Bacon Butter Pecan Ice Cream

bacon-butter-pecan-ice-cream

Yes, Bacon Butter Pecan Ice Cream. When you eat ice cream, do you often find yourself thinking, “this would be better with bacon”? No? Well, I promise there is a reason for this madness: a vegan bacon zine!

I’ve been talking about it and occasionally working on it for years, but I’m now actively making recipes and planning to design and print a bacon-themed zine very soon. If you’ve been following my posts, you may have noticed a the occasional bacon recipe like bacon vodka and Maple Bacon PBR Cupcakes. Since the bacon trend pioneers don’t appear to be calling it quits anytime soon, a bacon zine will still be ever so relevant. Filled with recipes, games, and words, printed on paper, and held together with not two, but three(!!) staples, it’ll be just what you need in your life.

Without further ado, this week’s post features a recipe from the forthcoming zine. If bacon in ice cream is not your thing, you can leave out the bacon and replace the maple syrup with agave or another liquid sweetener for a classic butter pecan ice cream.

This ice cream is smooth, caramel-y, and loaded with flavor and richness. The butter pecans add a punch of flavor on their own, so the bacon is more of an accent. I used chopped Upton’s Bacon Seitan for this recipe because it stays tender after cooking in the butter and sugar syrup (baking with bacon seitan often yields chewier results). I find that coconut cream yields the creamiest vegan ice cream. As I mentioned in my last ice cream post, Thin Mint Ice Cream, you can now buy Trader Joe’s coconut cream in a can without the hassle of separating the fat from a can of coconut milk. It does add a bit of coconut flavor to the ice cream, so try to choose stronger flavors or flavors that complement coconut when using coconut as an ice cream base. The buttery flavor of coconut goes well with the brown sugar and butter pecans.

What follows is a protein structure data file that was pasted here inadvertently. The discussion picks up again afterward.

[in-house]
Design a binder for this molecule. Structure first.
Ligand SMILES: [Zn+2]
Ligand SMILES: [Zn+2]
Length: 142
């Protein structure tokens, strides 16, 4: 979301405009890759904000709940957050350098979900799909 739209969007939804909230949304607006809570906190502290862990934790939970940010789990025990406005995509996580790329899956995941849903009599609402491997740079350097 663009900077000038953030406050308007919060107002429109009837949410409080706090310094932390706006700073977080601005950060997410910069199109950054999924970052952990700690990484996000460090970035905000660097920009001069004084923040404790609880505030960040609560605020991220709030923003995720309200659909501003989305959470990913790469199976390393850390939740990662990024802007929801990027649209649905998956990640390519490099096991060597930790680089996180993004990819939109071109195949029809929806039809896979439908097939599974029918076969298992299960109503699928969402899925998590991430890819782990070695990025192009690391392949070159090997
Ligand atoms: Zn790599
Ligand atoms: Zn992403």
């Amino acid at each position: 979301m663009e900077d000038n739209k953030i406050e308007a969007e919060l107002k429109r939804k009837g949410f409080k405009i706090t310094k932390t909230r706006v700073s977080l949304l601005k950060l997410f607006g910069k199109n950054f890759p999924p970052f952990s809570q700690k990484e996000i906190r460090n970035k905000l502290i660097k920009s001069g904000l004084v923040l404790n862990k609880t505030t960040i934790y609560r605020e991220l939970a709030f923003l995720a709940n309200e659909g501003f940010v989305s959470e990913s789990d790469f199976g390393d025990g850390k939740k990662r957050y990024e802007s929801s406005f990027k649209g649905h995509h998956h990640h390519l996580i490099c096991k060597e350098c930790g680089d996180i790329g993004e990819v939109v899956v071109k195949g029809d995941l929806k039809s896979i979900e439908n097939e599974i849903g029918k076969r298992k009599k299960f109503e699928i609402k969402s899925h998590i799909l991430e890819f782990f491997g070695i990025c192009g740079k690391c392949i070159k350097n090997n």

Bacon Butter Pecan Ice Cream

Makes about 1 ½ pints

Ingredients

¾ cup chopped pecans
⅓ cup chopped vegan bacon
3 tablespoons vegan margarine
1 ½ tablespoons maple syrup
¾ cup plus 1 tablespoon brown sugar
14 ounces coconut cream
½ teaspoon salt
1 cup almond (or other non-dairy) milk
2 teaspoons vanilla extract

Instructions

Toast the pecans in a dry skillet for 2-3 mins until fragrant, stirring frequently. Remove from heat and stir in the bacon and butter. The pecans will burn quickly, so keep an eye on them.
Transfer to a small bowl, then pour in the maple syrup and sprinkle on the 1 tablespoon of brown sugar. Set aside to cool.

Combine coconut cream and brown sugar in the saucepan and cook until sugar is dissolved and starts to bubble, then let boil for 3 minutes. Add milk, vanilla extract, and ⅓ cup of the pecan mixture. Let cool.

Freeze according to manufacturer’s instructions. Put the remainder of the pecan mixture in the freezer for the duration of freezing so it doesn’t bring down the temperature of the ice cream when you add it. Add pecans and bacon in last 5 minutes of freezing.

If you make this recipe (with or without bacon!), let me know how you like it! And I would also love to hear what kind of recipes and content you’d like in a bacon zine, so keep the suggestions coming!

Thin Mint Ice Cream

vegan-thin-mint-ice-cream